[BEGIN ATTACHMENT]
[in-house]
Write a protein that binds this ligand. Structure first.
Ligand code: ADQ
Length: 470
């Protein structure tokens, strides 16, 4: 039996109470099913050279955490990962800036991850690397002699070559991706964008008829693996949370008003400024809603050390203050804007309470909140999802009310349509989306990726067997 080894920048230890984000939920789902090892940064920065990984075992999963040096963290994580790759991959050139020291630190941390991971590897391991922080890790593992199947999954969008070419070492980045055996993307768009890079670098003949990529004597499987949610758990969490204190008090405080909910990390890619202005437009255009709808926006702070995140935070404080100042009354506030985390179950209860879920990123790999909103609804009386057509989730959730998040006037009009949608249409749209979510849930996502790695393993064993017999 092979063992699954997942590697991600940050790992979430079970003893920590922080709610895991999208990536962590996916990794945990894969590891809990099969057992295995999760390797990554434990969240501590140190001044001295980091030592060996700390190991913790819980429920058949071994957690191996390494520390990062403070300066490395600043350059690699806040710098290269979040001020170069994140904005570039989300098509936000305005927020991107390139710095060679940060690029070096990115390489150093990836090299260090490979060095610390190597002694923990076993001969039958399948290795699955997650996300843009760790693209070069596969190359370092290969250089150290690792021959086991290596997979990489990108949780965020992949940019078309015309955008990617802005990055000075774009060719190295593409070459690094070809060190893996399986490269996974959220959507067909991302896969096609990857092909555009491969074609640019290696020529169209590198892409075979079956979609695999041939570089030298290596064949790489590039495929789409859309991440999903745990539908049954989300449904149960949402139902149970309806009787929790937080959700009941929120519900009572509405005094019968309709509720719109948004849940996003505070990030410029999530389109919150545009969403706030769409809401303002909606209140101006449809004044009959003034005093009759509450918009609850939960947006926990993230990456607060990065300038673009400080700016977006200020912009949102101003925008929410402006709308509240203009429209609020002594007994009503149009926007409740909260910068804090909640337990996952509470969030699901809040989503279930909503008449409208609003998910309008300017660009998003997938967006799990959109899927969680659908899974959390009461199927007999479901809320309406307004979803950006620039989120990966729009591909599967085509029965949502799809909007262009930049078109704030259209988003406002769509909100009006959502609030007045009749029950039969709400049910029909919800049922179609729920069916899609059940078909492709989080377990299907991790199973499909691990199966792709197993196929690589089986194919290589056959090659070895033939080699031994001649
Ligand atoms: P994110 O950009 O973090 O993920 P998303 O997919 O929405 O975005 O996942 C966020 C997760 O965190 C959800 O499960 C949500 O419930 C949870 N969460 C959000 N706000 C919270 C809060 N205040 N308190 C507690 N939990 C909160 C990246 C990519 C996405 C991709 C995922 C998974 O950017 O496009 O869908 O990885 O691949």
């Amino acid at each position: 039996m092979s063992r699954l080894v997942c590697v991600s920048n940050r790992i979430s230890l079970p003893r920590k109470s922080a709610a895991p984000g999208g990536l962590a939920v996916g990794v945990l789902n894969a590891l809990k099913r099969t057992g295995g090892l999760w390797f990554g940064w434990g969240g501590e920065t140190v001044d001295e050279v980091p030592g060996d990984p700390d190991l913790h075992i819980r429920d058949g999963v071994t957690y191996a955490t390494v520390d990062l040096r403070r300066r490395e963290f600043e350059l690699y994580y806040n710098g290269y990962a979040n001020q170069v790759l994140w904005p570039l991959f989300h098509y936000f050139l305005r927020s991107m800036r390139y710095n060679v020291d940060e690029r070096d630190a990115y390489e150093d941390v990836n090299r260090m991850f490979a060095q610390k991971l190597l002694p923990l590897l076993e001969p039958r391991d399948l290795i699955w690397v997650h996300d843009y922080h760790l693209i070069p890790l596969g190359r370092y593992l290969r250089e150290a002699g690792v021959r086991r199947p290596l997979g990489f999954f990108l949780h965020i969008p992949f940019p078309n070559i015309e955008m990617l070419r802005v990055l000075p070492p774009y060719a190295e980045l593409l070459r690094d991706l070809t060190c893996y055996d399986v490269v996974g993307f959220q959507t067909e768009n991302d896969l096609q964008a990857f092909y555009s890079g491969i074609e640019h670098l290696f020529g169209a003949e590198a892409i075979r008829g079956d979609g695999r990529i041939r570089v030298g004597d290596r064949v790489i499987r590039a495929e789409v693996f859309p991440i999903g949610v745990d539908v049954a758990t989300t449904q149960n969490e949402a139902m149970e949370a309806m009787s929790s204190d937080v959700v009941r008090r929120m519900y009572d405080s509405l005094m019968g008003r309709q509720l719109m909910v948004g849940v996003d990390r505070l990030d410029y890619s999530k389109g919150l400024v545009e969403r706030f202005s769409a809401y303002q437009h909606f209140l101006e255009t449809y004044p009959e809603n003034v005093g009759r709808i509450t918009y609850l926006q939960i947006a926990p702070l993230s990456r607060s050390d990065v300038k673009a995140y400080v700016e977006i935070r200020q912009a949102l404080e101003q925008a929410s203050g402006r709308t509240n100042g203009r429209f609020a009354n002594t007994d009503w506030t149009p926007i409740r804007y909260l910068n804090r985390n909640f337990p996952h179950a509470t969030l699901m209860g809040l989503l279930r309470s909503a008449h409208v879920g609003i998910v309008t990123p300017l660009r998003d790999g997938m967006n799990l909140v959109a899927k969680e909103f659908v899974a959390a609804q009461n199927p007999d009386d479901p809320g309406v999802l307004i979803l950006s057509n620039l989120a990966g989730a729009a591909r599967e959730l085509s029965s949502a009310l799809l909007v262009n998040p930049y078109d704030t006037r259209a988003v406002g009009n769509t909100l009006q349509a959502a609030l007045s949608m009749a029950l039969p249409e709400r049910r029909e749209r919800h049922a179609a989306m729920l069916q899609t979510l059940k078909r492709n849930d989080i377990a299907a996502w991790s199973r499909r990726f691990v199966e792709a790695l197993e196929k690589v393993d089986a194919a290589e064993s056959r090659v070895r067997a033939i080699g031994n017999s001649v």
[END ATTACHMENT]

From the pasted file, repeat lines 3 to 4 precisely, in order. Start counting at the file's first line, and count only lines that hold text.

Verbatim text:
Ligand code: ADQ
Length: 470